Whether it’s your first time traveling through “The Windy City” or a familiar stop on every one of your road trips, a visit to Chicago is well worth it and easy to plan. From famous art in Millennium Park to gorgeous lakefront views and some of the finest dining in the country, get ready to enjoy the very best when you visit Chicago with these tips.
Above photo credit: Chicago. Photo courtesy of Patrick Emerson via flickr.
1. Travel By “L”
Chicago‘s public transportation is much more than scenic — hop aboard the Brown Line and see what it’s all about. You’ll want your camera ready as you cross over the Chicago River; it’s a convenient and affordable way to see the city. The “L” will get you around quickly for a self-guided tour of bustling Chicago, and unlike many major cities, one fare lets you transfer twice in a two-hour period. The Blue and Red Lines operate 24 hours a day with service between the North and South Sides — perfect for late night adventures.
2. Be An Urban Explorer
Who says outdoor exploration is just for nature and hiking? Chicago’s city landscape is its own exciting venture. Millennium Park is home to the iconic “Bean” as well as fountains, gardens and an outdoor beer garden at the Park Grill. For some real city action, hop on the train and head to the heart of the business district: The Loop. You’ll easily spot the Willis (Sears) Tower and enjoy other surrounding architecture and busy comings and goings. Hunting for shoes or other clothing? Swing by Michigan Avenue, Chicago’s nearly mile-long shopping street. Another must-see is the bustling and beautiful lakefront. Rent a bike and ride along Navy Pier, stopping to enjoy drinks and dining on North Avenue Beach.
3. See The Neighborhoods
Travel out into one of Chicago’s many surrounding neighborhoods and you’ll see why Chicagoans love their city so much. You’ll get a real feel for the city and its people by visiting areas like Lincoln Square, offering a traditional German dining hall and other eclectic restaurants, boutiques and bars. Visit Andersonville, a neighborhood boasting a variety of independent, locally owned businesses, for an experience in local culture. If relaxing and people-watching is your thing, consider a visit Irving Park for lake views, park walks and gorgeous old homes.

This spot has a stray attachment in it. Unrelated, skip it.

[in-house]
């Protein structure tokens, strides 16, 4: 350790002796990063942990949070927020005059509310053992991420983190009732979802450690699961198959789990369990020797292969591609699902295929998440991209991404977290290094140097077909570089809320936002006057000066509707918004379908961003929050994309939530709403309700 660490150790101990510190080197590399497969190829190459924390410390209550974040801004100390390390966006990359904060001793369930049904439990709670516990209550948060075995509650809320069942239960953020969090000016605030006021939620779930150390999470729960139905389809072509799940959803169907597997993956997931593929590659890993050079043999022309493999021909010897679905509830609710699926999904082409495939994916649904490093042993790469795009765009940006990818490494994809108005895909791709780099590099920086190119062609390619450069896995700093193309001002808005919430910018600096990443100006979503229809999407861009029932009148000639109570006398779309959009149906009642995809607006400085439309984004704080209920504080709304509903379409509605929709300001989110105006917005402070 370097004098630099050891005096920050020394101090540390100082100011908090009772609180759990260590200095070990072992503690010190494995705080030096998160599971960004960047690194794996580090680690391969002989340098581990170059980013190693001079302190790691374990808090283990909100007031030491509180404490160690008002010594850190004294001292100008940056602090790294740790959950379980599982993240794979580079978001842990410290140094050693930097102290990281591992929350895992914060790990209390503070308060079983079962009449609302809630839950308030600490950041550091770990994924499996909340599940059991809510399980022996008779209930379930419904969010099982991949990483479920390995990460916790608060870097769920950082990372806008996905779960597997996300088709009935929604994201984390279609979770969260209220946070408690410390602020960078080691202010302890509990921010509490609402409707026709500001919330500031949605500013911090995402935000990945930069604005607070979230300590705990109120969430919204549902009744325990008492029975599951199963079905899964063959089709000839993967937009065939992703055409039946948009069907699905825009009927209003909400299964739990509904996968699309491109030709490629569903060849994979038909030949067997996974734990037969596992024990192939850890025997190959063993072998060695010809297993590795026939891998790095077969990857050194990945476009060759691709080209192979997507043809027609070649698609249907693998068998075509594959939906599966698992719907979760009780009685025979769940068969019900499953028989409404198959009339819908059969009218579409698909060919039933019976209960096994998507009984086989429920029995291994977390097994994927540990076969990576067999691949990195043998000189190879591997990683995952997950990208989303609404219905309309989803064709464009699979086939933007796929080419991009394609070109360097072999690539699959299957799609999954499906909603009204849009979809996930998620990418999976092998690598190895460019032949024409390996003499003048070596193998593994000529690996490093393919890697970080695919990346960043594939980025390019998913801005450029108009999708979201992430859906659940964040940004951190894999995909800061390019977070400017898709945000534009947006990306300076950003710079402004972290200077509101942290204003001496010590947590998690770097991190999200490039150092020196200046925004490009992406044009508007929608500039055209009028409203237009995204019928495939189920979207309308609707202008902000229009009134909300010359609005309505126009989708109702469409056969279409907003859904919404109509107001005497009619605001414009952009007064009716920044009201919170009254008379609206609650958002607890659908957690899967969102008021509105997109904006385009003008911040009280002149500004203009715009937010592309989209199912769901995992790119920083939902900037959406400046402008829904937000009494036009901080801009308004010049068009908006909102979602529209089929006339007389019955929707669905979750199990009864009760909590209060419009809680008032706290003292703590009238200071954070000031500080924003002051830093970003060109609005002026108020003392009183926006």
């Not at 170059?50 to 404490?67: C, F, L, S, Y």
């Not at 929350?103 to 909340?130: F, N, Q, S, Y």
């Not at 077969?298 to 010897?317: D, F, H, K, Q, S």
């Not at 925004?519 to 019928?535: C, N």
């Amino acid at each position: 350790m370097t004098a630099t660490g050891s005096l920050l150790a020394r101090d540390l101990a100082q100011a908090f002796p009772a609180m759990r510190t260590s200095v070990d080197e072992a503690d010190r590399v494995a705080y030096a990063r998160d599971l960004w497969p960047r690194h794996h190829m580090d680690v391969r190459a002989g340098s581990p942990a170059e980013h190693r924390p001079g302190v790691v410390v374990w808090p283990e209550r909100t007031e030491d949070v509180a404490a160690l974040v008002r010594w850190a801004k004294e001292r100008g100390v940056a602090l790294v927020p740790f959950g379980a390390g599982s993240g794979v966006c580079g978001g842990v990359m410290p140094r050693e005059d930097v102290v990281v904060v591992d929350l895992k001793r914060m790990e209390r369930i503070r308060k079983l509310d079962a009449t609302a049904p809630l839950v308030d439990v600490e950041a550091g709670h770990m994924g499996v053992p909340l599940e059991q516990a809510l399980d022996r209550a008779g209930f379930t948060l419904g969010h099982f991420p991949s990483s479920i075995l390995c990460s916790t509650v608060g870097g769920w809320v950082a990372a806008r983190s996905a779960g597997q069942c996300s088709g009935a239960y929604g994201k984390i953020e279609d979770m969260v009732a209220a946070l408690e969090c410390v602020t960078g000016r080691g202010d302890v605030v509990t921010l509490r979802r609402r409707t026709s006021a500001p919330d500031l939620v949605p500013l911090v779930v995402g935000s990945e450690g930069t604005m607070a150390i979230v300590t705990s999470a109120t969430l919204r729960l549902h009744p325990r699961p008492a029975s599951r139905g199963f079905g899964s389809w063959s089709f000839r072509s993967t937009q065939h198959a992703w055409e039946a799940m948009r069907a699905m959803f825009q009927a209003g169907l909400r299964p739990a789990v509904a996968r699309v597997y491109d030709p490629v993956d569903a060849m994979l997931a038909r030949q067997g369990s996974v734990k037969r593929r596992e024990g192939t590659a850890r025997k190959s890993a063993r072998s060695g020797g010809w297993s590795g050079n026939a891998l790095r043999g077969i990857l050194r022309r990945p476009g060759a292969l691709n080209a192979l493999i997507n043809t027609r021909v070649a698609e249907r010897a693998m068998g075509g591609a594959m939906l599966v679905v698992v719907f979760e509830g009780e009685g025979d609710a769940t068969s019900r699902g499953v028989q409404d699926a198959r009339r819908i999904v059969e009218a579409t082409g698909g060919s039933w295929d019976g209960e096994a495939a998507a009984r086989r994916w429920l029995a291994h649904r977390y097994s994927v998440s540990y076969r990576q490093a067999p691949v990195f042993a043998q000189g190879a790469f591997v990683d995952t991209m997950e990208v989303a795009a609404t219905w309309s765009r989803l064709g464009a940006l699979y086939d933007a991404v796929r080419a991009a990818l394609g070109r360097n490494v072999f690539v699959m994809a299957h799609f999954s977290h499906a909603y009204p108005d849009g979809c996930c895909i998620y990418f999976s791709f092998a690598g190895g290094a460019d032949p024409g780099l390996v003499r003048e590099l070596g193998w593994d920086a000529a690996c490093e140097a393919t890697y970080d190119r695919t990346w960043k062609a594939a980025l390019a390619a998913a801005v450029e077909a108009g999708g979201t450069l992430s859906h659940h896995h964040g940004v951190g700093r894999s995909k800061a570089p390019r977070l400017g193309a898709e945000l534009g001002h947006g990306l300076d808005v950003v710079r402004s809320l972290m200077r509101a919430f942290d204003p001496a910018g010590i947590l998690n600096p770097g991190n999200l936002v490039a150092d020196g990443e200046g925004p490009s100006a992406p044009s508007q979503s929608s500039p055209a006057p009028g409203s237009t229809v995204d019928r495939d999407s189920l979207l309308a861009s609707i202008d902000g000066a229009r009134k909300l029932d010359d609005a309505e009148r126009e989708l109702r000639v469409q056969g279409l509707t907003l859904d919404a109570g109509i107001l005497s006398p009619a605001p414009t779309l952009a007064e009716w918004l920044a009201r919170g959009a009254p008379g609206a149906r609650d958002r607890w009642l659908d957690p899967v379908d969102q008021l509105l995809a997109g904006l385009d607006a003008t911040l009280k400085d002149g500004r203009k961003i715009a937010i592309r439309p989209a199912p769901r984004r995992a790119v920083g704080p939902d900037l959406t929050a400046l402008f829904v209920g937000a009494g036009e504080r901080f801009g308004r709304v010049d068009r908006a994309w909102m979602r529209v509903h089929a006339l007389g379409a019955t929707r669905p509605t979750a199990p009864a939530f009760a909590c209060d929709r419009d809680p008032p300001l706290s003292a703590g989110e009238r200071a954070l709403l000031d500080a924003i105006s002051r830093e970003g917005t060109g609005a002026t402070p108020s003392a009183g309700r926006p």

4. Savor Creative Eats
Chicago boasts some of the country’s best restaurants and food options. Try Lou Malnati’s Pizzeria, a local favorite for Chicago-style deep dish pizza with three full-service locations throughout the city. For fine and innovative dining, try Alinea Restaurant, which has been named the No. 1 restaurant in North America — or their Aviary cocktail bar, with creations that bridge science and art. Moto Restaurant has a unique tasting menu you won’t find in your average restaurant, with just as much theater involved as cooking.
5. Get Weird
While I’m not saying visit Chicago and skip the top attractions, there are a number of quirky experiences that can liven up your itinerary. Check out some of the city’s offbeat museums, like INTUIT – The Center for Intuitive and Outsider Art focused on vision-driven works from self-taught artists; the International Museum of Surgical Science; and the McDonald’s Museum modeled after a 1950s store featuring vintage equipment.
Take a photo in front of Sh*t Fountain — which features a sculpture depicting a pile of dog crap, created by Polish artist Jerzy S. Kenar in protest of the animal feces consistently sitting outside his home. Another fountain worth checking out is the thought-provoking Fountain of Time, created by sculptor Lorado Taft in Washington Park — although don’t miss Oz Park, with its Wizard of Oz character statues.
CONTRIBUTED BY Guest post writer Hailey Robinson
Jessica Festa is the editor of the travel sites Jessie on a Journey (http://jessieonajourney.com) and Epicure & Culture (http://epicureandculture.com). Along with blogging at We Blog The World, her byline has appeared in publications like Huffington Post, Gadling, Fodor’s, Travel + Escape, Matador, Viator, The Culture-Ist and many others. After getting her BA/MA in Communication from the State University of New York at Albany, she realized she wasn’t really to stop backpacking and made travel her full time job. Some of her most memorable experiences include studying abroad in Sydney, teaching English in Thailand, doing orphanage work in Ghana, hiking her way through South America and traveling solo through Europe. She has a passion for backpacking, adventure, hiking, wine and getting off the beaten path.